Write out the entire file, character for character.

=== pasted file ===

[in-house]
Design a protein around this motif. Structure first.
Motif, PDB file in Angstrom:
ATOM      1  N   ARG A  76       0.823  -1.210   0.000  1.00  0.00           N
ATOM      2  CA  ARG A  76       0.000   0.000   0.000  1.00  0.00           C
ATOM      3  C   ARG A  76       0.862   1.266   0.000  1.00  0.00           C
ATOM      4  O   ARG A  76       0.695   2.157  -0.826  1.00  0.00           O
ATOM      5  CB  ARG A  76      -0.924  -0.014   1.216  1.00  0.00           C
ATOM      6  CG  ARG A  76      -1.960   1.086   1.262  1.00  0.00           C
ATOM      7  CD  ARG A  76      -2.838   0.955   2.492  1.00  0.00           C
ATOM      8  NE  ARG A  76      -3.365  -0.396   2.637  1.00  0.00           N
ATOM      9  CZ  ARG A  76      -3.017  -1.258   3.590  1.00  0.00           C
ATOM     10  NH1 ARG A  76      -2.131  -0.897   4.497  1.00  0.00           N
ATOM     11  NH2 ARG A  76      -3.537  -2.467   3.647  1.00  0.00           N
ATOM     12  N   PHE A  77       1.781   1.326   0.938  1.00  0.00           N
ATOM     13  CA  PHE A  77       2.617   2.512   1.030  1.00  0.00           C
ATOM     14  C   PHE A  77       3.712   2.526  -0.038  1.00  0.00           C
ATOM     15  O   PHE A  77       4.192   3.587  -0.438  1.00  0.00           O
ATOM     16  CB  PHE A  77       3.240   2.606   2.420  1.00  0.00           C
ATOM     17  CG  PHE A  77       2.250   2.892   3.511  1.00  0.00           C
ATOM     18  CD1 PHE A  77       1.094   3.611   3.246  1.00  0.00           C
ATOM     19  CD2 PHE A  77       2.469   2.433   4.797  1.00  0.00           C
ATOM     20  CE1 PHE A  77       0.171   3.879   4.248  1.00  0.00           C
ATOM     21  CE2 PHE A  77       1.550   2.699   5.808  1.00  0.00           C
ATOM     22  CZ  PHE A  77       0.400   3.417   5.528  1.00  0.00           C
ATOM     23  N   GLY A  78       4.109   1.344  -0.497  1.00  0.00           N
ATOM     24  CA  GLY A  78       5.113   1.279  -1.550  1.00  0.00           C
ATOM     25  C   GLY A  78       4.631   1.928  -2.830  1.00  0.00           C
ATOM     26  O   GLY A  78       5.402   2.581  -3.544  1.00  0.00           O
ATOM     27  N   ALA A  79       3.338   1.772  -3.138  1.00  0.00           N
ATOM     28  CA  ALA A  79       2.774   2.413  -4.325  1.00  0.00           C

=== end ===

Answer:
[in-house]
Design a protein around this motif. Structure first.
Motif, PDB file in Angstrom:
ATOM      1  N   ARG A  76       0.823  -1.210   0.000  1.00  0.00           N
ATOM      2  CA  ARG A  76       0.000   0.000   0.000  1.00  0.00           C
ATOM      3  C   ARG A  76       0.862   1.266   0.000  1.00  0.00           C
ATOM      4  O   ARG A  76       0.695   2.157  -0.826  1.00  0.00           O
ATOM      5  CB  ARG A  76      -0.924  -0.014   1.216  1.00  0.00           C
ATOM      6  CG  ARG A  76      -1.960   1.086   1.262  1.00  0.00           C
ATOM      7  CD  ARG A  76      -2.838   0.955   2.492  1.00  0.00           C
ATOM      8  NE  ARG A  76      -3.365  -0.396   2.637  1.00  0.00           N
ATOM      9  CZ  ARG A  76      -3.017  -1.258   3.590  1.00  0.00           C
ATOM     10  NH1 ARG A  76      -2.131  -0.897   4.497  1.00  0.00           N
ATOM     11  NH2 ARG A  76      -3.537  -2.467   3.647  1.00  0.00           N
ATOM     12  N   PHE A  77       1.781   1.326   0.938  1.00  0.00           N
ATOM     13  CA  PHE A  77       2.617   2.512   1.030  1.00  0.00           C
ATOM     14  C   PHE A  77       3.712   2.526  -0.038  1.00  0.00           C
ATOM     15  O   PHE A  77       4.192   3.587  -0.438  1.00  0.00           O
ATOM     16  CB  PHE A  77       3.240   2.606   2.420  1.00  0.00           C
ATOM     17  CG  PHE A  77       2.250   2.892   3.511  1.00  0.00           C
ATOM     18  CD1 PHE A  77       1.094   3.611   3.246  1.00  0.00           C
ATOM     19  CD2 PHE A  77       2.469   2.433   4.797  1.00  0.00           C
ATOM     20  CE1 PHE A  77       0.171   3.879   4.248  1.00  0.00           C
ATOM     21  CE2 PHE A  77       1.550   2.699   5.808  1.00  0.00           C
ATOM     22  CZ  PHE A  77       0.400   3.417   5.528  1.00  0.00           C
ATOM     23  N   GLY A  78       4.109   1.344  -0.497  1.00  0.00           N
ATOM     24  CA  GLY A  78       5.113   1.279  -1.550  1.00  0.00           C
ATOM     25  C   GLY A  78       4.631   1.928  -2.830  1.00  0.00           C
ATOM     26  O   GLY A  78       5.402   2.581  -3.544  1.00  0.00           O
ATOM     27  N   ALA A  79       3.338   1.772  -3.138  1.00  0.00           N
ATOM     28  CA  ALA A  79       2.774   2.413  -4.325  1.00  0.00           C